Neuroscientists refer to "direct" mode when we pay attention to our senses, as opposed to "narrative" mode when we're caught up in our inner narrative or thoughts. Unsurprisingly, there is a powerful and positive correlation between being in direct mode and being happy.
We all know about the narrative mode. In Buddhist practice, the direct mode is cultivated by learning to pay attention to the buddha nature.
It seems that practicing Vajrayana is not much associated with conventional happiness and well-being.
Even though we study karmic causality and its relationship to conventional happiness and well-being, the whole notion of conventional states recedes and is replaced with notions of gaining ultimate happiness—enlightenment's wisdom-bliss—which is, well, far off?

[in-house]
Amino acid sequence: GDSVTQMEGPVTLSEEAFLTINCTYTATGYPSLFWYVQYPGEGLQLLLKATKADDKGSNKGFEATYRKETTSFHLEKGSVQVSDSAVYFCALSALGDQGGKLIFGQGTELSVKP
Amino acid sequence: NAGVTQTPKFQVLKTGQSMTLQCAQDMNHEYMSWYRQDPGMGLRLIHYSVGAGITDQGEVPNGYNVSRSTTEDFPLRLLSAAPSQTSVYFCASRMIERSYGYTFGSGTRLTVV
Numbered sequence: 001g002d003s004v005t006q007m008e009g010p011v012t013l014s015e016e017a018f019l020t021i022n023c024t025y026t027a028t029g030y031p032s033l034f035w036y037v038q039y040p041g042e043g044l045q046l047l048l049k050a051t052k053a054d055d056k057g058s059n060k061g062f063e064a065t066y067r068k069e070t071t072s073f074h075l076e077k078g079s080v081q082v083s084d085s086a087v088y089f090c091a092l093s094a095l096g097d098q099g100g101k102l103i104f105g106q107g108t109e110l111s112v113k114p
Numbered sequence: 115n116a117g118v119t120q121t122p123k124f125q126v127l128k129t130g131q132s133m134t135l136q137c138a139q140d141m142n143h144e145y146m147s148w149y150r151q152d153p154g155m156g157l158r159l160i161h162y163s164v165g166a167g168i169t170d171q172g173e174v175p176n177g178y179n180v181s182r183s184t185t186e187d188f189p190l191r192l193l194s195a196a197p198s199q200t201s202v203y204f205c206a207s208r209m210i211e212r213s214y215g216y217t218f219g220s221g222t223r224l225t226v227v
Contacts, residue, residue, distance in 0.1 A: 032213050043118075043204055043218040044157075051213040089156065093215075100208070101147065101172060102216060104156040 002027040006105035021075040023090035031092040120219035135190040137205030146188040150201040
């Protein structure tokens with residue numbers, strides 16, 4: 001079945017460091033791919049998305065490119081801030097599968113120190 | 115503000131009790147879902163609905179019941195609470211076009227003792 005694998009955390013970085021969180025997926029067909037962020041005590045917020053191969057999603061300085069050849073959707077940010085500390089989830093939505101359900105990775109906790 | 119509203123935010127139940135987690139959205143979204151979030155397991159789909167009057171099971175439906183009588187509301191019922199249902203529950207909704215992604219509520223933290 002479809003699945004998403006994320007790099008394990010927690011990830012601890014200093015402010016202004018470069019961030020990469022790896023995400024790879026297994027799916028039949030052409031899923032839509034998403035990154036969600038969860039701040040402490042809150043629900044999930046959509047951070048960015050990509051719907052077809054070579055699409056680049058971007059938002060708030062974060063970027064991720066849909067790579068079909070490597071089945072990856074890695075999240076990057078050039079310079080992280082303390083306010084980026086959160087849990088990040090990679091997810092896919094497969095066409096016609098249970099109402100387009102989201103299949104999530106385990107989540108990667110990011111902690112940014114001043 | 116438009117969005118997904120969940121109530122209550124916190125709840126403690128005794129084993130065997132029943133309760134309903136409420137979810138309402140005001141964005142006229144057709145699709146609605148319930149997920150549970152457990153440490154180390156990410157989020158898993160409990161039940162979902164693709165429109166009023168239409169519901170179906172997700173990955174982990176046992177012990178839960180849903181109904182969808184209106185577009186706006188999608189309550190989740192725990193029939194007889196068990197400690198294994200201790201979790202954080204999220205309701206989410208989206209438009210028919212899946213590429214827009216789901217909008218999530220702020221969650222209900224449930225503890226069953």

This worries me because we humans thrive in all ways in dependence on the connection between the brain and happiness. Which is why I'm pointing out that conventional happiness is a must-have for long term Dharma practice.
How about it?
Is your Vajrayana making you happier? Is your Vajrayana developing your lighter side?
Leave a comment below and let me know. Remember hundred of people come here and your comment could help someone. Thank you.